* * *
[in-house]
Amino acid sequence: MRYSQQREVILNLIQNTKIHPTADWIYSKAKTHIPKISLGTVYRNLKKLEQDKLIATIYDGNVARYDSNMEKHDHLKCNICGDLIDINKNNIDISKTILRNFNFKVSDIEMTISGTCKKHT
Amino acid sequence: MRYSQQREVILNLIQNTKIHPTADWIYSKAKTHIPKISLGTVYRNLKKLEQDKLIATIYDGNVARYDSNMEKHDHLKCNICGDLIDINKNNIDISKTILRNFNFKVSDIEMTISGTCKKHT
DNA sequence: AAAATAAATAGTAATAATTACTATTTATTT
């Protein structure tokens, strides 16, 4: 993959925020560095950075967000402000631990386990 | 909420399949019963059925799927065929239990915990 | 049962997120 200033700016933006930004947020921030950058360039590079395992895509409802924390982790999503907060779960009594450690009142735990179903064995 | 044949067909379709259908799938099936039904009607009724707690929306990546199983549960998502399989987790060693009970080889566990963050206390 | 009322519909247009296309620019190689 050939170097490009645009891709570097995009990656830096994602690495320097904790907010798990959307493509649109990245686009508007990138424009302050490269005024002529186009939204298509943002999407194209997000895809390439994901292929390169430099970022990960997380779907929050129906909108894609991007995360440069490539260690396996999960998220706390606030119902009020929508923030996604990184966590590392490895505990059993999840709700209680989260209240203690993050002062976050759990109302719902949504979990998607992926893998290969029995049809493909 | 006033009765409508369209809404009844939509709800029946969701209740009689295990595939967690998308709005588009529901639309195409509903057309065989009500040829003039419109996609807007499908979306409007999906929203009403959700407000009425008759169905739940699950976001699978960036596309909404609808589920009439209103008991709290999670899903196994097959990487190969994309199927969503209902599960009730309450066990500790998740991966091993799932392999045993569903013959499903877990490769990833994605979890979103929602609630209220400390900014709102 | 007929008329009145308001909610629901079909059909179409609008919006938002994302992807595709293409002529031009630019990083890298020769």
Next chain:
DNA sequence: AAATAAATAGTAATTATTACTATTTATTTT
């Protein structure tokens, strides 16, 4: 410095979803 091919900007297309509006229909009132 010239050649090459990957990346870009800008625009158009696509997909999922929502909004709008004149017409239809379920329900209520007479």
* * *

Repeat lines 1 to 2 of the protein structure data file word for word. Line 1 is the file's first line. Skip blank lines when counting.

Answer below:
[in-house]
Amino acid sequence: MRYSQQREVILNLIQNTKIHPTADWIYSKAKTHIPKISLGTVYRNLKKLEQDKLIATIYDGNVARYDSNMEKHDHLKCNICGDLIDINKNNIDISKTILRNFNFKVSDIEMTISGTCKKHT